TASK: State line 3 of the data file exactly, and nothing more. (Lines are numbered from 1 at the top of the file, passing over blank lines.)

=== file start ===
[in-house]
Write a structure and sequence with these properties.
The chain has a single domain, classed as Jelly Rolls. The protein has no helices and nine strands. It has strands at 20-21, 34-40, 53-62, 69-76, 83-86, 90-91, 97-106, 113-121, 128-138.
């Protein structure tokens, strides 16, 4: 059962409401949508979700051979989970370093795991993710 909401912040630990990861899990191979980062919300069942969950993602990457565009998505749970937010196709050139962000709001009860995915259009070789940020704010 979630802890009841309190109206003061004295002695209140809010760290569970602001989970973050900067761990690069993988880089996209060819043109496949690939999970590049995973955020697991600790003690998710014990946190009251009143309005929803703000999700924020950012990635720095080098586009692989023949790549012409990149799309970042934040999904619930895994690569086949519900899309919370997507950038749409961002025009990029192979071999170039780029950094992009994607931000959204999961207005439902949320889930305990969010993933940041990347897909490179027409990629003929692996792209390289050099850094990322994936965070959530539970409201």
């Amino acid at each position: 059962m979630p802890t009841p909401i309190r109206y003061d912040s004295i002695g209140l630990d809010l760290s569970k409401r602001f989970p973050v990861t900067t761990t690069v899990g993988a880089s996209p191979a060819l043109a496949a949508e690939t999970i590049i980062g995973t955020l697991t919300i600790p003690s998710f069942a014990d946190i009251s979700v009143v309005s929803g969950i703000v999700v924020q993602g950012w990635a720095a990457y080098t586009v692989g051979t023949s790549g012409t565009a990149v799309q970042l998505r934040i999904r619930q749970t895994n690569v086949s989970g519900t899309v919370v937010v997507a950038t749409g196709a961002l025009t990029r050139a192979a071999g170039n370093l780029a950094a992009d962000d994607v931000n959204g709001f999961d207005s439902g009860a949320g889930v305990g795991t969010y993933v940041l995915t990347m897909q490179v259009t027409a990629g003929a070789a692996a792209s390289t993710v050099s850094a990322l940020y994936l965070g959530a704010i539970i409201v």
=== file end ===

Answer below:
The chain has a single domain, classed as Jelly Rolls. The protein has no helices and nine strands. It has strands at 20-21, 34-40, 53-62, 69-76, 83-86, 90-91, 97-106, 113-121, 128-138.